The success of the BioFluidix product portfolio for use in the diagnosis of diseases or in the development of new drugs is therefore guaranteed. Nevertheless, the microsystems engineers from Freiburg are thinking even further ahead. Nowadays, microdosing is used in virtually all industries, including the field of microeletronics, where some of Koltay's clients are involved in the accurate dosage of electrical flux material or the coating of tiny components with sol-gel phases that are only a few millimetres thick. BioFluidix GmbH is a member of the BMBF-funded MicroTEC Südwest cluster, a consortium of more than 330 companies, universities, research institutions, financial service providers, etc. based in southwest Germany.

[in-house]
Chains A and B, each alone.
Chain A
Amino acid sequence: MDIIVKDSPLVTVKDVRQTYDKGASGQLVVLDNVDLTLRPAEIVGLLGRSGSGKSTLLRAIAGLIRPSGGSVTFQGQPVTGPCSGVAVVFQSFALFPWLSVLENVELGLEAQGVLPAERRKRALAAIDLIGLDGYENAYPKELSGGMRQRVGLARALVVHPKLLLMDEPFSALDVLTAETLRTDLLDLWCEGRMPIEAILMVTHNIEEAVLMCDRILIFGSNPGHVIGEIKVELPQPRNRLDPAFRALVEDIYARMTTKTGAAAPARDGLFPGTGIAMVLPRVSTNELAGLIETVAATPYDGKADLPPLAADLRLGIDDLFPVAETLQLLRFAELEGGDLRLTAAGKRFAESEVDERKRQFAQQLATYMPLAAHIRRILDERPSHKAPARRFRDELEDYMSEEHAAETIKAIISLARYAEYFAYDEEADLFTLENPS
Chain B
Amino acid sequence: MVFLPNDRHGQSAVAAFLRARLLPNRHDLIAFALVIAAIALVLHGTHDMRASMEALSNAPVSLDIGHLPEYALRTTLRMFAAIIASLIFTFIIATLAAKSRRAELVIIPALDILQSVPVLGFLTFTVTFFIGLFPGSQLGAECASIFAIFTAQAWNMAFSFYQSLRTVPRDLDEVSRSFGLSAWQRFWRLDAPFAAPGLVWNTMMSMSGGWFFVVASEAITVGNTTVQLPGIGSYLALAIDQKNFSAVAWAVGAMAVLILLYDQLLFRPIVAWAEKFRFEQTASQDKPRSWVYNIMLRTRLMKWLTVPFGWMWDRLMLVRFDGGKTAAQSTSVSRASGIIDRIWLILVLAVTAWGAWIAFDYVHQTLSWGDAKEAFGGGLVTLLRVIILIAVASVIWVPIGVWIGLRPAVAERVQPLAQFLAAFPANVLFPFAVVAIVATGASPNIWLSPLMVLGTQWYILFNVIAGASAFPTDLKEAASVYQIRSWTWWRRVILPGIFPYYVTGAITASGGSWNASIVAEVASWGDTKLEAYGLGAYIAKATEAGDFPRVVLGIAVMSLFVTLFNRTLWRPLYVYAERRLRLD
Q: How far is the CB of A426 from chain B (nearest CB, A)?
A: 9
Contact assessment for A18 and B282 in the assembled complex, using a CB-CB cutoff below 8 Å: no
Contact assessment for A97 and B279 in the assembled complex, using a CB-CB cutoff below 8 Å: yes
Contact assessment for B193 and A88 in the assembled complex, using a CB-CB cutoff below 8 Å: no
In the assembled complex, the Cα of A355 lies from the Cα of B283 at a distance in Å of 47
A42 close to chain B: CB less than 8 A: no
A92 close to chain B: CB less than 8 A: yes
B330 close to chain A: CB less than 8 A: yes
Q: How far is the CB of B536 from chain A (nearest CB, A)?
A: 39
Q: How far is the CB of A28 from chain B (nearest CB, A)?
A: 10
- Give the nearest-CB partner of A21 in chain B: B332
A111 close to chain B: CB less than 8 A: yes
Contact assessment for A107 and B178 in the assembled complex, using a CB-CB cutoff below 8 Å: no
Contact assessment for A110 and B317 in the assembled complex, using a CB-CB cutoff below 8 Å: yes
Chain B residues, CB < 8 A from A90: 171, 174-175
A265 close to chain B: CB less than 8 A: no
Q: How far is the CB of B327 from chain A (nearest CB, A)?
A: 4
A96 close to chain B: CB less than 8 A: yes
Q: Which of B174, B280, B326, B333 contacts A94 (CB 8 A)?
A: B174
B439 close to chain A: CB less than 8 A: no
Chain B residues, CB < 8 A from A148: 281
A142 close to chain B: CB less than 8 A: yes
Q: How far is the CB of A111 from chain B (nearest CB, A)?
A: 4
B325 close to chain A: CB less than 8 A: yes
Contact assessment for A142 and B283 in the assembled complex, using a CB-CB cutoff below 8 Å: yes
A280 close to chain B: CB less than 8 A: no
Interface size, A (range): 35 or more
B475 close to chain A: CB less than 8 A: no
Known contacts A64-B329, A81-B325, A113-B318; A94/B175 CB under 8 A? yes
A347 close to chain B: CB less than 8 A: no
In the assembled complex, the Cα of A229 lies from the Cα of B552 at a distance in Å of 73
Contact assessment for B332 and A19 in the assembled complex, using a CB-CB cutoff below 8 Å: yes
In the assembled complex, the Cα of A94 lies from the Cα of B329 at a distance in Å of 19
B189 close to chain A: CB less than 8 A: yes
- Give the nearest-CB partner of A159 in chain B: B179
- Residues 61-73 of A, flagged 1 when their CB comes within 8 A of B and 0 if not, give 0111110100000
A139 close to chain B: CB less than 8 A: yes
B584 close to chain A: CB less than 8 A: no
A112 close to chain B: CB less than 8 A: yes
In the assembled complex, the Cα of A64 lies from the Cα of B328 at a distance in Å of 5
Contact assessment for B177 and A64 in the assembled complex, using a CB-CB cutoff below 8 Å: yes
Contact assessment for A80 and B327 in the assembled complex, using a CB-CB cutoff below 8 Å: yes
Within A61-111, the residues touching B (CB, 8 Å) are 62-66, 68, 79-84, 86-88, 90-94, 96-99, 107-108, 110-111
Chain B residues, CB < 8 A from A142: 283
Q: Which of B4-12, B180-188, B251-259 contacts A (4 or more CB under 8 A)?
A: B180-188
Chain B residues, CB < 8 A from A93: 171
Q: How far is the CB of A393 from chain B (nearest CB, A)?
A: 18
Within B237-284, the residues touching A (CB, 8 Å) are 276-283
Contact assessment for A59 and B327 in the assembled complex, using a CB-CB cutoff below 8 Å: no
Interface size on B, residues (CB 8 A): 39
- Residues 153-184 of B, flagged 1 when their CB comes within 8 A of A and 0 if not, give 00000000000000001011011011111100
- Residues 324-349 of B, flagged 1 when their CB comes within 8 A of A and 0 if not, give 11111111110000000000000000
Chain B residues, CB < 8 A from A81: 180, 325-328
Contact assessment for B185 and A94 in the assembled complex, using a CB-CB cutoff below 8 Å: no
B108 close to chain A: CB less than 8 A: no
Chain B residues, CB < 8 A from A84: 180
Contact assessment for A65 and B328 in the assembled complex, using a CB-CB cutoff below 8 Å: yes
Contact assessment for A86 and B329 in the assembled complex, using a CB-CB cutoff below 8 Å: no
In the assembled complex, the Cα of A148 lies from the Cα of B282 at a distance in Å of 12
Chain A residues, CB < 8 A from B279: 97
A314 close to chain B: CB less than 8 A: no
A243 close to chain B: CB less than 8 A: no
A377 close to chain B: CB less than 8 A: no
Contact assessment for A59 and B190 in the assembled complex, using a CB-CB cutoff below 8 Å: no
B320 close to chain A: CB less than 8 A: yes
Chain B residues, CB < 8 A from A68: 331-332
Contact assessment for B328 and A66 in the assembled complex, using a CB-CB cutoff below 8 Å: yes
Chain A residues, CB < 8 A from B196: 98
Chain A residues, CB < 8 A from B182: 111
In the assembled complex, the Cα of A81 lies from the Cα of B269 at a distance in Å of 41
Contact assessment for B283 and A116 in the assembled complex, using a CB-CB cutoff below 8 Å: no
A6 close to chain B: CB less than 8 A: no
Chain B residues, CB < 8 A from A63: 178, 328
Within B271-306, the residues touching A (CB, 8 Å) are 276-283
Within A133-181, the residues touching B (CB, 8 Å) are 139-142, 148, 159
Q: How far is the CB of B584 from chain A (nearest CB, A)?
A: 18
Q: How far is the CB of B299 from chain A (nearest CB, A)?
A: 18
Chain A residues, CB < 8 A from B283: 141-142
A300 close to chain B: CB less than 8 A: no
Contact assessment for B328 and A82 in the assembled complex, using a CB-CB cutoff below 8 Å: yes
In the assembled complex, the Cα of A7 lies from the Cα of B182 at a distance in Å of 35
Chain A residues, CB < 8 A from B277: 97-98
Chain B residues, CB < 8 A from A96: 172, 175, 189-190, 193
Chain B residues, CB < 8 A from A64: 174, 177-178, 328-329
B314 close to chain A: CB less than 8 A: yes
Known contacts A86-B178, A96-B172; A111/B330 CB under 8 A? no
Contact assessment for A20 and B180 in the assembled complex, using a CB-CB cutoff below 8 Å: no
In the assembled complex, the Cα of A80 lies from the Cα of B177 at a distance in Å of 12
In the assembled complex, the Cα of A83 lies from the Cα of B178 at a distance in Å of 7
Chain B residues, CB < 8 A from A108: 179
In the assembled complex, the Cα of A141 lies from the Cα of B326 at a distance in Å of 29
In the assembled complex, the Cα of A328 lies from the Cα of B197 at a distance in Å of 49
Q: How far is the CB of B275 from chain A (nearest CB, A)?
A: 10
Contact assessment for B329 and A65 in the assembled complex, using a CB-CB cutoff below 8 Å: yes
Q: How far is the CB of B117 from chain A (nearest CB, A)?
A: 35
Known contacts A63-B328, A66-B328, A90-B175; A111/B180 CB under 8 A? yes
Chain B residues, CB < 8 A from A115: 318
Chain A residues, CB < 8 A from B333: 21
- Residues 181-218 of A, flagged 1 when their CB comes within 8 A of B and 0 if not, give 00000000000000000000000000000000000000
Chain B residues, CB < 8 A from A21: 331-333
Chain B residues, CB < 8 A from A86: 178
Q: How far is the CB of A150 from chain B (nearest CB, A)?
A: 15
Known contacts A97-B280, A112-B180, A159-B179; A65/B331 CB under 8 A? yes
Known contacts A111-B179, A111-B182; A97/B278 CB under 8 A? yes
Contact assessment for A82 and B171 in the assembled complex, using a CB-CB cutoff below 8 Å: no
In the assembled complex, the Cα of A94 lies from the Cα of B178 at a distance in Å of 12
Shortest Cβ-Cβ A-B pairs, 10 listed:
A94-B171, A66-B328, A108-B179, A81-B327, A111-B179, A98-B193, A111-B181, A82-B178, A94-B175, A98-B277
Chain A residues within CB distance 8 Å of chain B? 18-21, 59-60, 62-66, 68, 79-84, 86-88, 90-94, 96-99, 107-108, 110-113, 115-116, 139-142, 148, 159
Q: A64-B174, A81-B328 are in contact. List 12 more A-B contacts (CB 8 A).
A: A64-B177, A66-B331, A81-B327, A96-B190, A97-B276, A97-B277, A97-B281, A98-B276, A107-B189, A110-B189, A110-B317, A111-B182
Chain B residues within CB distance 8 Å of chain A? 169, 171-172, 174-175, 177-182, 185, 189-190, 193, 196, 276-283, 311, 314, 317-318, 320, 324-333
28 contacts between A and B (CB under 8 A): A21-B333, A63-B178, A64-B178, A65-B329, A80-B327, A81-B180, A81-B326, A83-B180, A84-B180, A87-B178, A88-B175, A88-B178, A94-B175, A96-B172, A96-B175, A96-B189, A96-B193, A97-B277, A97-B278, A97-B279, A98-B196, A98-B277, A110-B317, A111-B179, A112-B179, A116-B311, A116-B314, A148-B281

“Historically, in research and technology, innovations have generally arisen when different disciplines come into contact with each other,” said Koltay. In the MicroTEC Südwest cluster, microsystems engineers from a broad range of industry sectors and science such as the automotive, food and engine construction sectors, are working together. BioFluidix therefore not only has close connections with the IMTEK at the University of Freiburg, from where it emerged and operates, but it also has close links with industry. For example, BioFluidix and IMTEK are currently working on a project coordinated by Mannheim-based Roche Diagnostics AG, related to the development of an intelligent cartridge for the dosage of tiny amounts of liquid. This cartridge is the next generation of systems that are able to autonomously control their function, something that is believed will make in vitro diagnostics even safer. A particular challenge is to find a way to develop the parts so that they can be manufactured inexpensively.Funding received through its membership of the MicroTeC Südwest cluster helps the company to focus on the further development of an innovative pipette tip on the basis of its proprietary PipeJet technology. The goal is to manufacture pipette tips that are able to dispense even smaller droplets than its PipeJet nanolitre dispenser. BioFluidix also works with Wertheim-based BRAND GMBH+CO KG, a specialist in laboratory products such as liquid handling systems, high-quality plastics consumables and volume measurement devices made of glass and plastics. The two partners are looking for ways to produce a pipette tip using injection moulding, which would enable the tips to be produced inexpensively. Of course, like all other BioFluidix products, the new pipette tip will need to be compatible with standard laboratory devices. “Our vision for the new pipette tip is that it will also be used in other industries some time in the future,” said Koltay referring to the fact that pipetting has become something of a standard technology for many industries. “It will be interesting to see what kind of application possibilities arise from working with our partners in the MicroTEC Südwest cluster.”